The truth about cats and dogs
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The truth about cats and dogs

While details for mandatory pet registration are being revised, people must rethink the idea of responsible ownership

The truth about cats and dogs
Patipat Janthong

Aunt Chutima has adopted 70 stray cats and 30 stray dogs in her neighbourhood of Ang Thong province. Yet she never considers them to be a burden, even though she is partially blind. Each month, she spends over 10,000 baht on food for the abandoned animals that now call her place home.

But when Aunt Chutima heard of the recently proposed law that would require her to have all her furry friends registered -- an undertaking that would leave her 45,000 baht out of pocket -- she was dumbfounded.

Aunt Chutima is not the only one perturbed by the mooted law change. An 83-year-old granny in Pathum Thani who has fed hundreds of abandoned dogs for years is also on tenterhooks.

"Instead of asking people to register their pets, why doesn't the government fix the root cause of the whole problem?" she demanded.

Public outcry has grown louder among animal lovers since a bill ordering the mandatory registration of pets was approved by the cabinet earlier this month. The bill is sponsored by the Department of Livestock Development under the Ministry of Agriculture and Co-operatives and is being proposed as an amendment to the 2014 Cruelty Prevention and Welfare of Animals Act. Its advocates say it has been designed to promote responsible ownership. It requires all pet owners to pay 450 baht per animal as a registration fee. Failure to do so could mean a fine of up to 25,000 baht.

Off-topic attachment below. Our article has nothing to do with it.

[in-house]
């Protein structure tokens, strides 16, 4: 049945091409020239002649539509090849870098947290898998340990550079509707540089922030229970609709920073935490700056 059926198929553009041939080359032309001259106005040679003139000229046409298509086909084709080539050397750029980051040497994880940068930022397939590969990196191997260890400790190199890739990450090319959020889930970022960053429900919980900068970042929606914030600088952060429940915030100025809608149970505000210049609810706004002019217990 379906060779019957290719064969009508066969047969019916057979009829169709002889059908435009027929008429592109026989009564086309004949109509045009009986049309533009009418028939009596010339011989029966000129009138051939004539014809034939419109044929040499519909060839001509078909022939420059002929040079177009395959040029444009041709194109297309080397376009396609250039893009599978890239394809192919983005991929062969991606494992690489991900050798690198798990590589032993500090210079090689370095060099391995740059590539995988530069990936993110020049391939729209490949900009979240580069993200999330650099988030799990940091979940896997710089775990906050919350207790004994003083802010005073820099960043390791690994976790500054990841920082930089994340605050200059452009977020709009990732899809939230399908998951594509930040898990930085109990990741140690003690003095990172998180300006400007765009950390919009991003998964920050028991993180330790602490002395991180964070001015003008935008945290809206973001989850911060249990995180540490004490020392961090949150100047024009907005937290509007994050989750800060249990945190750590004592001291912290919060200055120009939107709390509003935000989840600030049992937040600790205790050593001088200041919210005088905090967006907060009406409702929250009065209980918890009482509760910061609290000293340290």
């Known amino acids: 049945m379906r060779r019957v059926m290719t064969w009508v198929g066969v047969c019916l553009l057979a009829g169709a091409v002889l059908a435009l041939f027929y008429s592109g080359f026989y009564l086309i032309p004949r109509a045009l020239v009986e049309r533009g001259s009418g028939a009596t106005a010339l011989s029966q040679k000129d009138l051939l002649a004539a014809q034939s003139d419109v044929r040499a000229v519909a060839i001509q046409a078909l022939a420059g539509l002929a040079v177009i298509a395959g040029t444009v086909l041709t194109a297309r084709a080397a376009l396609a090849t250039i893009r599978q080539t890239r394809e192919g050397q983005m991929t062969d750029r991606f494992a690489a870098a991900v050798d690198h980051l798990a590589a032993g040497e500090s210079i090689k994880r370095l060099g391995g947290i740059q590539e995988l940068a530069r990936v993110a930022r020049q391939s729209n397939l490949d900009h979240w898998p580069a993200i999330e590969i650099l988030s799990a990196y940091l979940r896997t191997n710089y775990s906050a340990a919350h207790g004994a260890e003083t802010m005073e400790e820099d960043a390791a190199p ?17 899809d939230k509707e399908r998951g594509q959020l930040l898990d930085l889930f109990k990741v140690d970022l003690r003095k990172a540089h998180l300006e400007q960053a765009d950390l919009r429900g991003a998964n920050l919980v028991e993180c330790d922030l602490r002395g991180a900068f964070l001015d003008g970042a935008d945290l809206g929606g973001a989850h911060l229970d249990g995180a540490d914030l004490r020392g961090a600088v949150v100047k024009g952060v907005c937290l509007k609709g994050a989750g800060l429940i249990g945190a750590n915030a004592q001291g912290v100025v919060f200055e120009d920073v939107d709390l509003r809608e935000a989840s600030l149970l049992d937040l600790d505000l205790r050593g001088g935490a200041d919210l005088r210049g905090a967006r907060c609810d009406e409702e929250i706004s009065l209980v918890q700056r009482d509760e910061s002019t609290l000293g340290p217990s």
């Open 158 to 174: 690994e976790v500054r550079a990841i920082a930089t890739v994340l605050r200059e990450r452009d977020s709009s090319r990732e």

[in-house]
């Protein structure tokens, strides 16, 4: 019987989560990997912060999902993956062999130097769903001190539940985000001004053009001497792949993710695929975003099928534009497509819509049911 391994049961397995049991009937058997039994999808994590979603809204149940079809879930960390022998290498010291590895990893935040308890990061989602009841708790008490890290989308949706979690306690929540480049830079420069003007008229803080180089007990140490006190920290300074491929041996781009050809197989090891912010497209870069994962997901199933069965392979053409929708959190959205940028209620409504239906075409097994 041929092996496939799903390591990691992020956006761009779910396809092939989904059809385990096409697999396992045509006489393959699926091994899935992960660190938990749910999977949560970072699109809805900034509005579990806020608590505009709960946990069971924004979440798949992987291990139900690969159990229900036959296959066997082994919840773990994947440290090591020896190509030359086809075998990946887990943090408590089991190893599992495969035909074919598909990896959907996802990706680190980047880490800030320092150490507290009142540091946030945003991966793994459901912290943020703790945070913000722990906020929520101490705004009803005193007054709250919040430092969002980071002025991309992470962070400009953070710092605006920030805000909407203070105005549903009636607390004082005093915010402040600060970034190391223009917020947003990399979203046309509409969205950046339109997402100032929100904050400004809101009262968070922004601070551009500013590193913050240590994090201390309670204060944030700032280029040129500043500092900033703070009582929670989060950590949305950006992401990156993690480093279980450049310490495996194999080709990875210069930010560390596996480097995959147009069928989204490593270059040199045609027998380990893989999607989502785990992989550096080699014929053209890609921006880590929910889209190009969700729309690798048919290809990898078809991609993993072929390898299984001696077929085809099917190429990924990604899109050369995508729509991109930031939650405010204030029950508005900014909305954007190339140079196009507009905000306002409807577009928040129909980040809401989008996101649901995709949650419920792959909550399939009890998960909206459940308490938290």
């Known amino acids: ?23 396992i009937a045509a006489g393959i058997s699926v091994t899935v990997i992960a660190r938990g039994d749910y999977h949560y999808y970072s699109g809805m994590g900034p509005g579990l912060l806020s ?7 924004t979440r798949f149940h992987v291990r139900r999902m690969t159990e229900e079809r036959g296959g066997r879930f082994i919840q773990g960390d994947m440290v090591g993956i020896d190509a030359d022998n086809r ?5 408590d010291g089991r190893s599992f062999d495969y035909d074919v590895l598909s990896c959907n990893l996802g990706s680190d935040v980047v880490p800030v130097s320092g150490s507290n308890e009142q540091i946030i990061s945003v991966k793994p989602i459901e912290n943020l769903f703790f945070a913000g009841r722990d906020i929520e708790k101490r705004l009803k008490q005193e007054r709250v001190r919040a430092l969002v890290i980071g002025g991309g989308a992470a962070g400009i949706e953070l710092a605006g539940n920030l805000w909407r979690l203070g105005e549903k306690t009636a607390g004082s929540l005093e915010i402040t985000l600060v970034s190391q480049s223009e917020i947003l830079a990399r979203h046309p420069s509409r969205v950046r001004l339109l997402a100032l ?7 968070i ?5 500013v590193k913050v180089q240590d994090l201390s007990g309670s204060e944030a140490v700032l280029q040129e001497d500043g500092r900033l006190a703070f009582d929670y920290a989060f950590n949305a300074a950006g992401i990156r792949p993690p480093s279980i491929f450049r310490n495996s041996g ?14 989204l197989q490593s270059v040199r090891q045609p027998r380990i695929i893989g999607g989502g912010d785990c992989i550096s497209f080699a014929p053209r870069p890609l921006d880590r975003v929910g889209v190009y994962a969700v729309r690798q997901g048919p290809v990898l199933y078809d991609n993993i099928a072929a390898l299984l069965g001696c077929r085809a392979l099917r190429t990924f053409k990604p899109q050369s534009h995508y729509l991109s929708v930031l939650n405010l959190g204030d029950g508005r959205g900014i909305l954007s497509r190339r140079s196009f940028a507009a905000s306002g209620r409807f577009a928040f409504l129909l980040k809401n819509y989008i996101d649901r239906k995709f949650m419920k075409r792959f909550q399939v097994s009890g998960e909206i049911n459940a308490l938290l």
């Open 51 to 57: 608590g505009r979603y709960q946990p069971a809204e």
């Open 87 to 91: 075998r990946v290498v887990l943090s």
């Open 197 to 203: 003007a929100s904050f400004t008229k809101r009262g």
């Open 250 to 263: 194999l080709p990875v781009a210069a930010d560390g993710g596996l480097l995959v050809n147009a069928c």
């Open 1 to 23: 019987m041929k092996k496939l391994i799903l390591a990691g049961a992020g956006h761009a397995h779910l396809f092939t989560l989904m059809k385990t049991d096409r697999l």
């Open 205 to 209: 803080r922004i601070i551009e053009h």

Although many agree with the bill in principle, there are serious concerns over its implications. In particular, it is felt that the 450 baht fee could unfairly impact on those who feed stray dogs and cats on the street out of sympathy and do not claim ownership of the animals. At this point, the Agriculture and Co-operatives Ministry plans to work with the Council of State to revise the bill in order to avoid placing too much burden on the general public.